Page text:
What is important, however, is that whatever approach organisations take, the BSRC will be taking a much greater interest in their training strategies and approaches and their effect on organisations. In order to demonstrate these strategies effectively, organisations will need their training course metrics, course adoption rates and employee results to be easily accessible. Whether this continues to be a single score from a piece of eLearning or a more subjective score by managers in a similar fashion to the existing performance reviews, this information needs to be collated in one place and available for quick and easy reporting. Technology is key in this aspect; having a single system which can manage and deliver both compliance training and policy documents, as well as delivering ethical and behavioural training courses will be crucial to the success of the BSRC and that of the organisations which opt in.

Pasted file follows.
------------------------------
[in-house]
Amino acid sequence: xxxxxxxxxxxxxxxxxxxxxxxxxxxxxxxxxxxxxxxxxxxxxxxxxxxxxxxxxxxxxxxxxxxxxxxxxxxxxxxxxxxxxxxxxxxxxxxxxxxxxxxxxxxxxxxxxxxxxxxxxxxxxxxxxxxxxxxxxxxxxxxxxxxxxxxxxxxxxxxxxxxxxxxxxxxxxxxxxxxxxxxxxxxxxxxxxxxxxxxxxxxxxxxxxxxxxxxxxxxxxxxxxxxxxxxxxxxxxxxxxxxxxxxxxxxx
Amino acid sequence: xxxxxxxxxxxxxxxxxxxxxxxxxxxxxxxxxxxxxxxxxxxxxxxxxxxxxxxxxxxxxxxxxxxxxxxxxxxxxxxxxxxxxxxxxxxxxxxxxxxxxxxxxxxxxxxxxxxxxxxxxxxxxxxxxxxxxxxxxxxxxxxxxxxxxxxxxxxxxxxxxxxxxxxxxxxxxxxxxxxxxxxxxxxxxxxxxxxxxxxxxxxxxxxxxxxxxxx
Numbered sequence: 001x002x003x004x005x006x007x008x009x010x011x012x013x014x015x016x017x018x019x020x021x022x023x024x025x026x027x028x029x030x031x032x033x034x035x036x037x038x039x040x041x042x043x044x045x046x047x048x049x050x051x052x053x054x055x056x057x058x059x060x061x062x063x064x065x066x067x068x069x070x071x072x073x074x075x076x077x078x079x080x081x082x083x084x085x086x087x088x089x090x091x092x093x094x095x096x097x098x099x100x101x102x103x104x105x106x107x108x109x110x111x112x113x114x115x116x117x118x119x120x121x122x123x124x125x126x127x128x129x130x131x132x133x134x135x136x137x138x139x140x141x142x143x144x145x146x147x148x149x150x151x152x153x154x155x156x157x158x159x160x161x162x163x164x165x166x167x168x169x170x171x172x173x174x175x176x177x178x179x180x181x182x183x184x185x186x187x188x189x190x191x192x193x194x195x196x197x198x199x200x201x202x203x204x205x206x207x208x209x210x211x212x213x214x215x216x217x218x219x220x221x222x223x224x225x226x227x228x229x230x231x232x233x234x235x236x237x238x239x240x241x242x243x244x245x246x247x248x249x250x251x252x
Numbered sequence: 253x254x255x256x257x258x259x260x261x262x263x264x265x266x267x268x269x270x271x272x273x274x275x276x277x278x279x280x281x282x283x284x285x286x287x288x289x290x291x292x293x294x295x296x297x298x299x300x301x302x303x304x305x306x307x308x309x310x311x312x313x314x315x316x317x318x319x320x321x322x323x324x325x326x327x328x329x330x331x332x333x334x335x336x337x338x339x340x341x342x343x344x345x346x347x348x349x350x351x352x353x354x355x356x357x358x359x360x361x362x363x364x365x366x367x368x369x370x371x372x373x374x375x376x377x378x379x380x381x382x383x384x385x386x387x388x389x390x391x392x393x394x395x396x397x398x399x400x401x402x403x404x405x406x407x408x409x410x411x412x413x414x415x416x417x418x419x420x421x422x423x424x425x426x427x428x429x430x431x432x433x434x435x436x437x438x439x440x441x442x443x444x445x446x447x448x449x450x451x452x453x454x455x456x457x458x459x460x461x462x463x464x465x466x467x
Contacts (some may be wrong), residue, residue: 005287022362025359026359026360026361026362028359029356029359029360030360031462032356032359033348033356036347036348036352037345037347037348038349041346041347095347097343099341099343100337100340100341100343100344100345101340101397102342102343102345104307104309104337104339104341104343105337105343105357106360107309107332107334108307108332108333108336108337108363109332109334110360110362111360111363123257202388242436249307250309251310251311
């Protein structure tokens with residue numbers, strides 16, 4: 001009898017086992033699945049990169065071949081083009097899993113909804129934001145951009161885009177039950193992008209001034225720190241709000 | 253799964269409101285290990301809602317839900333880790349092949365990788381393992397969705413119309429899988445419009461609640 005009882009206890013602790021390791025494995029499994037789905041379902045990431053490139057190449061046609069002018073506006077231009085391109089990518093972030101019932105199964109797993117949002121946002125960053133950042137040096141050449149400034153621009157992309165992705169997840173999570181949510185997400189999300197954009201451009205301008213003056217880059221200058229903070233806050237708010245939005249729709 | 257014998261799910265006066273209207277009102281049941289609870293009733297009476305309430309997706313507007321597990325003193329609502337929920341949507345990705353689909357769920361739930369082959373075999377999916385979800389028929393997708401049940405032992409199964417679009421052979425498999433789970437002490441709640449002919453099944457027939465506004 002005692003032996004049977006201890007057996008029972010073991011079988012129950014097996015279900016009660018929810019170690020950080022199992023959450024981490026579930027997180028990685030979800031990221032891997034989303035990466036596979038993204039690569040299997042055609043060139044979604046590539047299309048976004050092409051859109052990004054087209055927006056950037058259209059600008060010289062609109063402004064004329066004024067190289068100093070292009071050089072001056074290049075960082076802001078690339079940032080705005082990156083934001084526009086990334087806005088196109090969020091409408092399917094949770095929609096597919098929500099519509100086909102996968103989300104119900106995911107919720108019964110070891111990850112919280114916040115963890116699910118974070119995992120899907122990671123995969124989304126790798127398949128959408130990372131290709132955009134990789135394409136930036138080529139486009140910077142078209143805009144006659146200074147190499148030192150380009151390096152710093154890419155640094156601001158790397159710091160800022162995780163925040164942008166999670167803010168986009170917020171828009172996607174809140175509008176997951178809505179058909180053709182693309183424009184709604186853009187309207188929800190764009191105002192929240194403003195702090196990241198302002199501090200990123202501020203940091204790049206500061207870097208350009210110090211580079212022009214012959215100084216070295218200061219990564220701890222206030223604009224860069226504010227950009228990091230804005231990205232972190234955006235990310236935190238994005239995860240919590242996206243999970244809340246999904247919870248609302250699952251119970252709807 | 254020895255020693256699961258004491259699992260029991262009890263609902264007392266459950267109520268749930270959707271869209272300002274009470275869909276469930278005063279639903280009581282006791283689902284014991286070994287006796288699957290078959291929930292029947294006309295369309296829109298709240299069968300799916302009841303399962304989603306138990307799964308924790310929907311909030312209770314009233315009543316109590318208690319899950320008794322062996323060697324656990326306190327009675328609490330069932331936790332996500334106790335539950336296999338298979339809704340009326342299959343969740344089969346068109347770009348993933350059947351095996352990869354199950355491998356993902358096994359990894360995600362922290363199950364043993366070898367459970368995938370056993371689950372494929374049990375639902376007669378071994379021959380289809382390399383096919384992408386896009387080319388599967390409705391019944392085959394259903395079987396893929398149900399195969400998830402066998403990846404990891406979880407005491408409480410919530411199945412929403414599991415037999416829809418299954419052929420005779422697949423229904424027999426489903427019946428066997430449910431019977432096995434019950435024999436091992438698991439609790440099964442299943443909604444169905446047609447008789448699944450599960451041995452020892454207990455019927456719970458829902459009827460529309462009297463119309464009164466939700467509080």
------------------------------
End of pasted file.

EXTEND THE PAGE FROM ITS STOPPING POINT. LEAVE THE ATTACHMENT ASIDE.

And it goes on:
In due course, a single system with the ability to monitor all of the training and competency aspects of the business will put organisations in the best stead.

At this stage in the process there are still a number of unknowns, for instance the BSRC does not yet have a chairman, the legal structure has yet to be defined, and no other banking organisation apart from the initial seven have come on board; therefore it is difficult to know what the role of the BSRC will actually be in a years’ time. However we know changes are coming, and where organisations can generally start making steps to improve their processes. Banks will have to demonstrate their training strategy, and its effectiveness in improving behaviour, as well as that of staff competencies as is currently required of them by the regulator. The value of training strategies will be analysed in much greater detail than before, and organisational executives will want to see cohesive plans. Paper and database based processes to manage and report on training will no longer suffice; more comprehensive and ‘end to end’ systems will need to be established in those organisations that don’t already have them.